The research presented here is part of a larger study of how people live with terminal illness in rural indigenous communities in the highlands of Western Guatemala.In particular, we draw on twenty-three home visits and interviews conducted by Jillian Moore with two men and two women with ESRD and their families, in June and July 2014, and again between September 2016 and May 2017.[note 1] At the time of these visits, the participants were between thirty-seven and forty-seven years old. Jorge, Pedro, and Elena identify as indigenous Maya, and Alma as mixed ethnicity. Pedro, Elena, and Alma developed ESRD due to complications from undertreated diabetes, and Jorge developed ESRD of uncertain etiology. All four received medical consultation at the Unidad Nacional de Atención al Enfermo Renal Crónico (National Unit for Chronic Kidney Disease Care, or UNAERC), the public nephrology clinic in Guatemala City. Jorge received hemodialysis at the UNAERC unit, and the other three performed peritoneal dialysis in their homes.
All four were also patients of Wuqu’ Kawoq – Maya Health Alliance (hereafter Wuqu’ Kawoq), a nongovernmental organization providing health care to people living with chronic illnesses in rural communities. All authors of this paper are clinicians or researchers affiliated with Wuqu’ Kawoq, and our affiliation with this civil society organization has afforded us opportunities to interact with patients and families in their homes. We also have professional relationships with UNAERC and the other public health care entities mentioned in this study. Our intention is not to provide a unilateral critique of the care provided by these institutions; instead, we offer this perspective of chronic illness in rural Guatemala as a supplement to public health narratives about life-prolonging technologies like dialysis, in the hope of raising questions about the collateral and often unrecognized consequences of dialysis for local caregiving networks.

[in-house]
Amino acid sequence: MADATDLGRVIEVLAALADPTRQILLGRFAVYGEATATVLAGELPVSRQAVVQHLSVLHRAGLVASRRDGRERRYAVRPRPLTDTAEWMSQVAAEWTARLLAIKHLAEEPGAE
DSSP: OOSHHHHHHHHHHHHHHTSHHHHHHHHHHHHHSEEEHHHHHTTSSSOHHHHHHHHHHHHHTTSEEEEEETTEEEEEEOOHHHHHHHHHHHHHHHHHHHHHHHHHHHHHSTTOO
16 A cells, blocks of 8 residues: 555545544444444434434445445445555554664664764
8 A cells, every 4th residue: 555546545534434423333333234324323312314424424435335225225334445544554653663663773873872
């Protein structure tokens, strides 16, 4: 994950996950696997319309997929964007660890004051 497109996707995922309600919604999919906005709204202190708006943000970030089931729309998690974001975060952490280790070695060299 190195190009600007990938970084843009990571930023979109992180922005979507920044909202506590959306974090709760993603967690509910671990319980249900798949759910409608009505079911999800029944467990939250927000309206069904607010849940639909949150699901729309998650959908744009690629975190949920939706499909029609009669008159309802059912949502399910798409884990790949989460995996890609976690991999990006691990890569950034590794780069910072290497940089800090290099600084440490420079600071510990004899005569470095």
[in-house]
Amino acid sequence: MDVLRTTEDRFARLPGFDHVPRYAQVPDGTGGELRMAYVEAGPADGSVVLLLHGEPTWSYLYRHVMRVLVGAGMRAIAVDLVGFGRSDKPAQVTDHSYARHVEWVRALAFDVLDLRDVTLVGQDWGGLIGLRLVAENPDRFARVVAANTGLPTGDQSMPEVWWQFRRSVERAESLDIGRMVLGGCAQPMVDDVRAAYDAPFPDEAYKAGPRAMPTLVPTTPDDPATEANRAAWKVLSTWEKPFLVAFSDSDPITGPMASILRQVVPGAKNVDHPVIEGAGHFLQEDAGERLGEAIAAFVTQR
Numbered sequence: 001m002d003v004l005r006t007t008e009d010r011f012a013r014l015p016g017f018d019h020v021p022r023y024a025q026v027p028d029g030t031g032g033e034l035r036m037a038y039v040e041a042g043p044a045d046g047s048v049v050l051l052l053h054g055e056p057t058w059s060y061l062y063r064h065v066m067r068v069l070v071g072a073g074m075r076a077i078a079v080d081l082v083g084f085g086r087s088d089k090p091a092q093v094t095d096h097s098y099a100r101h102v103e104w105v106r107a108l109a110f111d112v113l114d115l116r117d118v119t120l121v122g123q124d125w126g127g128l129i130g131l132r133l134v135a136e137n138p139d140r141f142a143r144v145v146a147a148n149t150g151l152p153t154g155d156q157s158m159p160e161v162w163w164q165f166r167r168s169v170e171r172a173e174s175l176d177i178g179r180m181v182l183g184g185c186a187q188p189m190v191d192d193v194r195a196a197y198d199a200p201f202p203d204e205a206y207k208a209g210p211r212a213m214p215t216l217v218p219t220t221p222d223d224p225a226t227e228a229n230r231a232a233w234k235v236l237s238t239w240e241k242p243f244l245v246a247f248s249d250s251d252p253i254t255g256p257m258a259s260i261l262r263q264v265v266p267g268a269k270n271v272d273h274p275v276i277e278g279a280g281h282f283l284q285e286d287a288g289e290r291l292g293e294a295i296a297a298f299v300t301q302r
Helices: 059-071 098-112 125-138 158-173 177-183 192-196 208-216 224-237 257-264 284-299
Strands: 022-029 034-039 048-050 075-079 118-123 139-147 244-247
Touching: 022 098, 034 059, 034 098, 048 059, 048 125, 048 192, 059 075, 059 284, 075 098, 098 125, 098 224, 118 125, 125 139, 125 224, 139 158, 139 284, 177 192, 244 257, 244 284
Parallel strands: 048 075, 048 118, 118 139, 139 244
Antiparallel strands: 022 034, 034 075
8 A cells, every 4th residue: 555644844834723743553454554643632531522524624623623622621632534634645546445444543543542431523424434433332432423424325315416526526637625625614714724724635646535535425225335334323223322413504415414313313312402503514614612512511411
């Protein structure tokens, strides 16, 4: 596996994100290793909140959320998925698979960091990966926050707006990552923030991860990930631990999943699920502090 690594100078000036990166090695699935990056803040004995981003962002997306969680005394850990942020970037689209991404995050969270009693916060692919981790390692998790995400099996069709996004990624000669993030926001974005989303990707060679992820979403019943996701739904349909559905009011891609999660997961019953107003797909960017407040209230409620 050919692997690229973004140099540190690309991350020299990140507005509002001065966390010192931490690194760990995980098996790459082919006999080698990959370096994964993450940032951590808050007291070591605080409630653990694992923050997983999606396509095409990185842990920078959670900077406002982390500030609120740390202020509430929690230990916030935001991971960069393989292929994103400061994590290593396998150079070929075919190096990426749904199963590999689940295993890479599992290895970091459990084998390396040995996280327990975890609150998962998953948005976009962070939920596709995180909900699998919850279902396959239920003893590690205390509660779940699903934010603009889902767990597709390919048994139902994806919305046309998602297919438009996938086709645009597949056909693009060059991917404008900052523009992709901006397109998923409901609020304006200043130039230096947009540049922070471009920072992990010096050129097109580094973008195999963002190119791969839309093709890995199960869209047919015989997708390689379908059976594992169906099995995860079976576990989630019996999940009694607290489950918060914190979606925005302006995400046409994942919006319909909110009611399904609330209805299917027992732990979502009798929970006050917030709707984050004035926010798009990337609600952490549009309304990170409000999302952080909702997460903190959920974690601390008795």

End-stage renal disease in rural Guatemala
Guatemala has one of the highest levels of poverty and income inequality in Latin America, which especially impacts rural and indigenous Maya communities (Cabrera, Lustig, and Morán 2015; Ministerio de Salud Pública y Asistencia Social (MSPAS), Instituto Nacional de Estadística (INE), and ICF International 2017). This inequality has complex political and economic roots in the concentration of agricultural land holdings, a weak tax code, free-trade agreements that have transformed rural economies and consumption patterns, and public-sector corruption and fraud. Importantly, rural Maya communities have also been subjected to organized violence and discrimination, most notably during the thirty-six-year civil war. However, since the end of the war in 1996, peace agreement provisions to alleviate inequality have been poorly implemented (Oglesby and Nelson 2016), and efforts to restructure primary health care have been largely ineffective, with continued over-investment in specialty and hospital-based health care. As a result, in Guatemala, hospital-level resources exist to treat end-stage complications of chronic diseases, but for most communities, preventive and early treatments are largely unavailable (Chary and Rohloff 2015).